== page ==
13. Yesterday
  14. Mexico or Ecuador climbing

    Good point. I've read that you can get a taxi, bus, or even hire a driver to Puebla and Tlachichuca for pretty reasonable. Less than $100 to hire a driver and probably much less for a bus. I wonder how much a rental car would cost for the trip?
  15. Mexico or Ecuador climbing

    Seems pretty common to drive to Tlachichuca in a rental, then arrange higher transport through Servimont. They shuttle up and down all the time. It’s also a convenient place to get fuel.
  16. Mexico or Ecuador climbing

    @Need2Climb I'm headed to Orizaba and probably one other peak in the area over 4-5 days including Thanksgiving and that weekend. My wife has already agreed to let me miss Thanksgiving this year so long as she doesn't have to spend it with my side of the family. It's a win-win. I never use guides if I can help it. I just research the heck out of my trips and put a lot of prep into them. So far I have one tentative partner. My plan is to go cheap as possible. I like the flexibility of the rental car idea, but only if I can split it between 4 people. It would need to be a 4x4 for the drive to Orizaba. I also posted on your Alpine Dad's thread. You seem to have many of the same plans as me this year. Feel free to PM me. Maybe we can work things out.
  17. Alpine Dads wanted

    I'm 37 and live in Vancouver WA. My kids are ages 9 (boy), 10 (boy) , 12 (girl). I'm always looking for capable people to climb with in the alpine until my kids are old enough to be those people. I've been ticking off the all the major peaks in the Cascades for the past year (Hood in Winter and Spring, Helens 3 times, and Adams so far). My plans for this year are Baker, Rainier, Adams again, Helens again, Bailey, and Orizaba (Mexico). I'm having trouble finding dependable partners for these longer trips so hit me up if you can stick to a date.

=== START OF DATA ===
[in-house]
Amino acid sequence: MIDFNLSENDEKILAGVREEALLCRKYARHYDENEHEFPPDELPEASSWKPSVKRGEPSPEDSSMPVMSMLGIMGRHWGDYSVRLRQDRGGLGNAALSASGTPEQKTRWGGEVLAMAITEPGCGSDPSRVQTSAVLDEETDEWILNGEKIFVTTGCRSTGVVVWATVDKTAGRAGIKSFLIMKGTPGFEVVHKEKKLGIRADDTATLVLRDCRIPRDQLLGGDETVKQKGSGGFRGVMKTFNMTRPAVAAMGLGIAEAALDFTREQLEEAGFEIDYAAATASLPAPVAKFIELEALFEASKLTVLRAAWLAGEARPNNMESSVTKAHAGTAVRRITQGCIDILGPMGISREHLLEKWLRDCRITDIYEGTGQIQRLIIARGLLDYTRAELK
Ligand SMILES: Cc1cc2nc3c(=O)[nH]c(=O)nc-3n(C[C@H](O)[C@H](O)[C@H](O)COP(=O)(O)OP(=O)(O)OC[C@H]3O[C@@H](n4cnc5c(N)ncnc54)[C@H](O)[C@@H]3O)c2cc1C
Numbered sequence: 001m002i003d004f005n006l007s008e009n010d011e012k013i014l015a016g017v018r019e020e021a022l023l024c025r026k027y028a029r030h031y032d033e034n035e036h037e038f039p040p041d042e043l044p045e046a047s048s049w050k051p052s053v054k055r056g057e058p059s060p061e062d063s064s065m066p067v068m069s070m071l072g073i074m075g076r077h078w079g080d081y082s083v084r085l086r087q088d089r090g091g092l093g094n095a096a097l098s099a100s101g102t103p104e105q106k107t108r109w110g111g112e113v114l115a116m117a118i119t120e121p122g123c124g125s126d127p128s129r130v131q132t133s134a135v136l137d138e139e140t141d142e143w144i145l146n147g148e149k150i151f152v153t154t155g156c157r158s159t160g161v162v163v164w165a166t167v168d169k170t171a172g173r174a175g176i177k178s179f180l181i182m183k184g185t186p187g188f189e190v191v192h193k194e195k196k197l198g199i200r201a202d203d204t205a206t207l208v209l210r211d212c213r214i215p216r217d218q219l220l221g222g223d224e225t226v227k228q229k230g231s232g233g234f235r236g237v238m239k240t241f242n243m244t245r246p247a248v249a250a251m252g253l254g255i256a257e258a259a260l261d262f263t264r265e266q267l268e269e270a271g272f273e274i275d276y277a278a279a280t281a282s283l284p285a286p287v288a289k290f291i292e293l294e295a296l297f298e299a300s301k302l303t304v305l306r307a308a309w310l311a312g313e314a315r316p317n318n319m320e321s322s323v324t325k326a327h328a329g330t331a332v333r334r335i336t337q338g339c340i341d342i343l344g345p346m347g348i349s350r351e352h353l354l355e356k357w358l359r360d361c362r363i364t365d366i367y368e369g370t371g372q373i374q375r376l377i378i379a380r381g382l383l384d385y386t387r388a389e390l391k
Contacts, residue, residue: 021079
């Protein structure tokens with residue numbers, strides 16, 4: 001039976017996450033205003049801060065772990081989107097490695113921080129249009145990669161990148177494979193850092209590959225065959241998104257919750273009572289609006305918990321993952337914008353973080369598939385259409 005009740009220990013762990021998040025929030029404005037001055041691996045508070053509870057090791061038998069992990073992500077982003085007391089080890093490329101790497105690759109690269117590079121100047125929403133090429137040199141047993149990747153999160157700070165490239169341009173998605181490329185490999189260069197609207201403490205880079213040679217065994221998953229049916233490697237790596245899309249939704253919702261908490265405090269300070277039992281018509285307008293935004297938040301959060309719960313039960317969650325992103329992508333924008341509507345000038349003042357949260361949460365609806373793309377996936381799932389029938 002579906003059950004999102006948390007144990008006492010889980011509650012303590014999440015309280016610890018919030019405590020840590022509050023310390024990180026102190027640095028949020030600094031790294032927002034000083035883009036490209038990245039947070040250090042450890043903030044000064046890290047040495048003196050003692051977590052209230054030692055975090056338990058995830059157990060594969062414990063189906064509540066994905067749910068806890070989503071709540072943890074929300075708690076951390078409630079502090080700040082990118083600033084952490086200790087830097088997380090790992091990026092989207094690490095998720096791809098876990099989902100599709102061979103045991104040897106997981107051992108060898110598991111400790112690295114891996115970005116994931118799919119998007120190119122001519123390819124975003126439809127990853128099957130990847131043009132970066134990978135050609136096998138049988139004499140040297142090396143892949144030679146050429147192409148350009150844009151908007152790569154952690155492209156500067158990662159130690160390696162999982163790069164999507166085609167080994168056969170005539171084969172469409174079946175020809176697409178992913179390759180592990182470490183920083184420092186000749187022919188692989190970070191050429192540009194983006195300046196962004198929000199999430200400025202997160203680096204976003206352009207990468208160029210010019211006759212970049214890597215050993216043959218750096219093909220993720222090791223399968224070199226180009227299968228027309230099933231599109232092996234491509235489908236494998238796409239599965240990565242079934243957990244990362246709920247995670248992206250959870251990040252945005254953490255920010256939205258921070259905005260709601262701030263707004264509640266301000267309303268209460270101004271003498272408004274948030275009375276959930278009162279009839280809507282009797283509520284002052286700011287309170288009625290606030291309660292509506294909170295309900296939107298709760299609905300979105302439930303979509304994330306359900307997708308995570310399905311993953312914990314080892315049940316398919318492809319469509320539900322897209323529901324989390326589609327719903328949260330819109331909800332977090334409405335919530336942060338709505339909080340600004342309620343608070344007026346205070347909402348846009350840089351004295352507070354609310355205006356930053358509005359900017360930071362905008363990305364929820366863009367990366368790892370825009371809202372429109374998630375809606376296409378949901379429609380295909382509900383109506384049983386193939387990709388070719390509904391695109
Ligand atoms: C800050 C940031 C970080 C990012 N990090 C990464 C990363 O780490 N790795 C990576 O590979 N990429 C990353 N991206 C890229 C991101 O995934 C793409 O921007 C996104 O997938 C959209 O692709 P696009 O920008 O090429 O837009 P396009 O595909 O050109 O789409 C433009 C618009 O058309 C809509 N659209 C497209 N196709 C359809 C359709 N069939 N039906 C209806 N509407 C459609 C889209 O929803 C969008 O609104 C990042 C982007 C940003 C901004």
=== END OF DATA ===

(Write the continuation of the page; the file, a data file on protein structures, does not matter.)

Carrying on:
18. Last Ascents in the Cascades

    No more West Ridge, but hey...
  19. I think it's SOP for Buckner's North Face to climb unroped after exiting the Boston Glacier. It's too steep to arrest a rope mate's fall and aren't any (many?) crevasses once across the bergschrund. Sounds like Alisse just discovered a random thin spot where a moat was lurking.
  20. Alpine Mentors Videos

    Worth a watch... https://www.youtube.com/channel/UCOYnpuacr0hmFlciAgGvMYw/videos
  21. Mexico or Ecuador climbing

    Volcano is a volcano. Do not expect technical aspect in either place. Also 1 week is a very short trip, so travel time counts.
  22. Anyone have a spare they don't need? If you're in Portland, I'm happy to swing by and swap you a beer for it.
  23. Mexico or Ecuador climbing

    Thanks. Good info. For Mexico, I wouldn't want a guide. Looking for more of a logistical planner. I sent Servimont an email regarding that. Thanks for the tip. After researching Ecuador, guides are required. They won't let you climb without one. Still very much in planning phase and cost. Mexico is cheaper, but less "real mountaineering" other than altitude. Equador seems more expensive but appears to be more glacier climbing. At the end, it will come down to cost vs reward. If anyone has an ecuadorian guide company they recommend, please share. No way am I going with an American one like RMI. The prices they charge are outrageous, and I dont meed or want the pampering they do.
  24. Last Ascents in the Cascades

    Hey, who's this guy? "Hydrologist and geoscientist Drew Brayshaw, who has climbed extensively in the area, says it appears the first slide sent a flow of debris more than four km down Cerise Creek, east of Joffre Lakes Provincial Park." https://www.citynews1130.com/2019/05/18/major-slides-rip-away-north-face-of-joffre-peak-near-pemberton-b-c/
  25. Denali food planning

    Probably after June 01.
  26. Last Ascents in the Cascades

    I though it's climbing site, and we were talking rockfall on climbing routes. I think you mistakenly logged into cascadelimbers, but intended on some form of hiking site?
  27. Oh, I'm not second guessing your decisions. I'm just glad you're OK. Really. Trying to get out. It's never enough.